Although the instance outlined above is a matter of self-control, I think that it is worth noting that surrendering these situations to God opens the door for help beyond self-help or any human help. No issue is too small or too big for God to listen to your request, and we can come to our Heavenly Father with confidence when we need help in these ways. Often we make the mistake of assuming that we should be able to resolve all these things on our own, but we forget that it is okay not to have all the answers. Self-control and discipline are worthy of striving for, but they may let you down in areas of weakness. In these areas we should surrender to God and make it clear in our prayer that we cannot do it on our own strength.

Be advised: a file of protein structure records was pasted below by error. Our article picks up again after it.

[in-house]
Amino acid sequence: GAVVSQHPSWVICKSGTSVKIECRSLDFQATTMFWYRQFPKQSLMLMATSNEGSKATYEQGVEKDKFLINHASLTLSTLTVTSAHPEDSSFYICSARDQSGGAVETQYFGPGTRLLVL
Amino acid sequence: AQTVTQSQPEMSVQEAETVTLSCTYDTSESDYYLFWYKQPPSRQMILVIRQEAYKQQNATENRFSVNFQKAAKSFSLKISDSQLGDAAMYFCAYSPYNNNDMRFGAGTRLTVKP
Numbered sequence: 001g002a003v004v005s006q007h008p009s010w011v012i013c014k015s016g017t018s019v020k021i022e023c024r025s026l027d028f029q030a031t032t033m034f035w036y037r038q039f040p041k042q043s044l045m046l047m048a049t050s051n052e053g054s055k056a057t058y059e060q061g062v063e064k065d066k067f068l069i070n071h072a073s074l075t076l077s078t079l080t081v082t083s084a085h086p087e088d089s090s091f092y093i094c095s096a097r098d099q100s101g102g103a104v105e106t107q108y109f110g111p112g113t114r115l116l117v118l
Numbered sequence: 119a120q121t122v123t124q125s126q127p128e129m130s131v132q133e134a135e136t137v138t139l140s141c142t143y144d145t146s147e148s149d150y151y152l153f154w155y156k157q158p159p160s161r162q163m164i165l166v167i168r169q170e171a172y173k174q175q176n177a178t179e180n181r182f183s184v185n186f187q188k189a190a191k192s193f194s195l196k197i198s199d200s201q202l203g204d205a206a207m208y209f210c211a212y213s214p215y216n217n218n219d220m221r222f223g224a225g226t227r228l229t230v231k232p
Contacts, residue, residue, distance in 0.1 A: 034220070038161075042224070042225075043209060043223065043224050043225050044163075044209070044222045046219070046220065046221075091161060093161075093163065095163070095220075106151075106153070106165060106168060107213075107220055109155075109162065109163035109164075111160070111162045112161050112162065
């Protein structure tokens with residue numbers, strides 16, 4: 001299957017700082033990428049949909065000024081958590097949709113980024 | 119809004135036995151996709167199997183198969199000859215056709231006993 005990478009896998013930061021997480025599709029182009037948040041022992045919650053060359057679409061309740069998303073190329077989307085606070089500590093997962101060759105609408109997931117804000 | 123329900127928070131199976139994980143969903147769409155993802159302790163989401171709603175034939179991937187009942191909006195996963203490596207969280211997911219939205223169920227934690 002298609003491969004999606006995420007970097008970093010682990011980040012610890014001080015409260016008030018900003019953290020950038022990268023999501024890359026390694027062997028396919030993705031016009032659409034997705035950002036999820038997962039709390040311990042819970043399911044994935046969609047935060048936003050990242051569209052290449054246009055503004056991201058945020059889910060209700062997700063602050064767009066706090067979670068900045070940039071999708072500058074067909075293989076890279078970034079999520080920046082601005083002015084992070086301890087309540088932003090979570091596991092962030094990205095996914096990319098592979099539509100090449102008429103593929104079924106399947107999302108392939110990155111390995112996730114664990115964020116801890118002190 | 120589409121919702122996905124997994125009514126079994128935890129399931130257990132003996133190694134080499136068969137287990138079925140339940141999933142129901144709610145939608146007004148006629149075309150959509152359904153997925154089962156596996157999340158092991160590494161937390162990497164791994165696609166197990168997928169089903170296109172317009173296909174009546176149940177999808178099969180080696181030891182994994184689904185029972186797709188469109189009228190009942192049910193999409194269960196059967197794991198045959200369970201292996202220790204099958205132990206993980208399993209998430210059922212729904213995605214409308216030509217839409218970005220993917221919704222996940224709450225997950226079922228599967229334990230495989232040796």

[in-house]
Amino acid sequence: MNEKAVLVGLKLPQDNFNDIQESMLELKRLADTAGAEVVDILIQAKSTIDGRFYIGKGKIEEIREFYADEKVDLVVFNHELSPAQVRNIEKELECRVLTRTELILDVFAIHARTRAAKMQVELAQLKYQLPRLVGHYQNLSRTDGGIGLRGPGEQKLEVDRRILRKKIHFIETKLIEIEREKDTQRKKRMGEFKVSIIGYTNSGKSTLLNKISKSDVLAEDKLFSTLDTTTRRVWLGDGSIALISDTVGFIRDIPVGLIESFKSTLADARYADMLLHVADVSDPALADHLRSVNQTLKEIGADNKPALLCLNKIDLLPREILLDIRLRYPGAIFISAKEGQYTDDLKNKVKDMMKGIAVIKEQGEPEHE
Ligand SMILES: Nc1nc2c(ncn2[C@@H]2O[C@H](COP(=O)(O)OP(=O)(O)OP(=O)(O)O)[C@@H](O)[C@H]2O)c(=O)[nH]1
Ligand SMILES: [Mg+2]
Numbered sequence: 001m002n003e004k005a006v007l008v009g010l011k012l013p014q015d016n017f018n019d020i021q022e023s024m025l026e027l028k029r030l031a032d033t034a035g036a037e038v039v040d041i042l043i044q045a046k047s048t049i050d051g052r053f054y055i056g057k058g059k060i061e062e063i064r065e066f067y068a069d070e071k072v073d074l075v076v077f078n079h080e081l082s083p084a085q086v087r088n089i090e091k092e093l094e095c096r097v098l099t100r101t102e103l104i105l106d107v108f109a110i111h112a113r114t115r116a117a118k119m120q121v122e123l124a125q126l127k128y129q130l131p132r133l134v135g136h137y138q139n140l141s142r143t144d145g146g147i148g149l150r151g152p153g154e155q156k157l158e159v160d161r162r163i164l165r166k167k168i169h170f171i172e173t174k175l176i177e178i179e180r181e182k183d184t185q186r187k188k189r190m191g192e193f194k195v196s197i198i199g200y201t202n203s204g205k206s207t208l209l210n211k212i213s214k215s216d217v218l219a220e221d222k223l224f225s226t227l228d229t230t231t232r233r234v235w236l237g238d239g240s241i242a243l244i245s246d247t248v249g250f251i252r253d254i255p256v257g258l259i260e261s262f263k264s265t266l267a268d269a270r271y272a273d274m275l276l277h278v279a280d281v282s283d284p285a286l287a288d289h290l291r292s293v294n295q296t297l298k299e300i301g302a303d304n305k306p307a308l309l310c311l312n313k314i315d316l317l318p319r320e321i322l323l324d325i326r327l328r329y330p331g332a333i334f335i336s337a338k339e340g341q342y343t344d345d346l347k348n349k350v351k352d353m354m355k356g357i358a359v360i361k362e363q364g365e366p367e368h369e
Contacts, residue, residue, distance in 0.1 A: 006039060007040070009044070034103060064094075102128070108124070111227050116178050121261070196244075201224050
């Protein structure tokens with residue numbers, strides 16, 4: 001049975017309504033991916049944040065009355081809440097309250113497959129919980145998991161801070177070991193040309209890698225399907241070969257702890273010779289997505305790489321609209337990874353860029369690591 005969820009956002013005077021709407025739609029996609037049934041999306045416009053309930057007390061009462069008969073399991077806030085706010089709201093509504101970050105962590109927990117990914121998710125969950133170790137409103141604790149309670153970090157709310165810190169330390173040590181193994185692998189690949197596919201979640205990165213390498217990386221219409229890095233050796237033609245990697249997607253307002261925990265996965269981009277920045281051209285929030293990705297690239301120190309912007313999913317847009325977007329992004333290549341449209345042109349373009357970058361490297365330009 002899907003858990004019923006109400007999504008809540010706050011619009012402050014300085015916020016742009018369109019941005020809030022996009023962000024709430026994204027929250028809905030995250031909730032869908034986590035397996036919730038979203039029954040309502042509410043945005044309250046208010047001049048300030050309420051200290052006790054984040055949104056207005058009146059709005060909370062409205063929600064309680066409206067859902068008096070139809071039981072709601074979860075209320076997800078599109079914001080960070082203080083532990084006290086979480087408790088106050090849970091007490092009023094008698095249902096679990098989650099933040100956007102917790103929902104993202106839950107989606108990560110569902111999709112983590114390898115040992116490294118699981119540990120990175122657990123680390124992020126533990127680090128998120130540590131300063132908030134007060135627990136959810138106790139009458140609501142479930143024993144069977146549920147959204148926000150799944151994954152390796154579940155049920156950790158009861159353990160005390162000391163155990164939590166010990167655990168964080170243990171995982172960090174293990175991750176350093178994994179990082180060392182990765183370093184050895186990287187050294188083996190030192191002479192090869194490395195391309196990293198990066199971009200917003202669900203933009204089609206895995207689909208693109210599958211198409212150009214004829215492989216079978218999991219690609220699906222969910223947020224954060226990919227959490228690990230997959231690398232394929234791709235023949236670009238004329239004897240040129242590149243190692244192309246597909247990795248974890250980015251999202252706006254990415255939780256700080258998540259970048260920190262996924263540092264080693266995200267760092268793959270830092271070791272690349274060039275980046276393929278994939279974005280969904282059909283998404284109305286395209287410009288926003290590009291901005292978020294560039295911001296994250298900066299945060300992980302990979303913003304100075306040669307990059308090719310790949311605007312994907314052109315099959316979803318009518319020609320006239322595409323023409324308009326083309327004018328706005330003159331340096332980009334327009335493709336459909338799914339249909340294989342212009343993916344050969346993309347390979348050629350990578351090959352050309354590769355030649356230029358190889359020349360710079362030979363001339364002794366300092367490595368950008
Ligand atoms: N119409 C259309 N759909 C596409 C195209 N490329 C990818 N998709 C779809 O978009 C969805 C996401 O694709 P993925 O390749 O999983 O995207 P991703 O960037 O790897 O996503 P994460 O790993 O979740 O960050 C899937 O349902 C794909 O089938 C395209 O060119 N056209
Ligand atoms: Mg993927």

One thing I wanted to point out, as an aside, is that different people will have different areas of proficiency and others of struggle. We may also have some areas of easy resistance, and still others that have a dangerous allure to us. I personally have no trouble avoiding alcoholism; I can easily have a small drink with dinner and not think about drinking again for a month or more. To someone else that one small drink can open the door to many more drinks and can cause much more trouble in a life. On the same token, I have had issues avoiding pornographic content on the Internet. Sometimes even a mildly provocative picture of a woman in a bathing suit can prove to be a tantalizing draw to seek more. I have sometimes been able to shift my focus immediately and move on with the task at hand, but many other times I have fallen victim to the desires of the flesh. Those times that I have succumbed to the temptation, I have asked God for continual forgiveness. Despite knowing that I am forgiven, I know that this is an area of weakness in my life that deserves attention, prayer, and a very real caution if I am to resist it. I don't like falling into sin, much less habitual sin that I have struggled to repent from, but at the very least I can confidently submit my struggles to God and seek His supernatural help to overcome the allure of them. I have identified that when I am home alone and when I am tired I am most easily overcome by fleshly desire. The devil is not in the business of attacking you when you are fully rested, equipped fully in Gods' armor, and close to His word. He will attempt to find an opening where you are weak; unfortunately he is aware of those situations in our lives that give us this kind of trouble. Despite all this, God always provides a way of escape from these compulsions, and it is up to us to exercise that way of escape. The Bible says we should "flee youthful lusts" (2 Timothy 2:22) and the instructions to "be on guard" (1 Corinthians 16:13) and to "resist the devil and he will flee from you" (James 4:7) are also imperatively stated.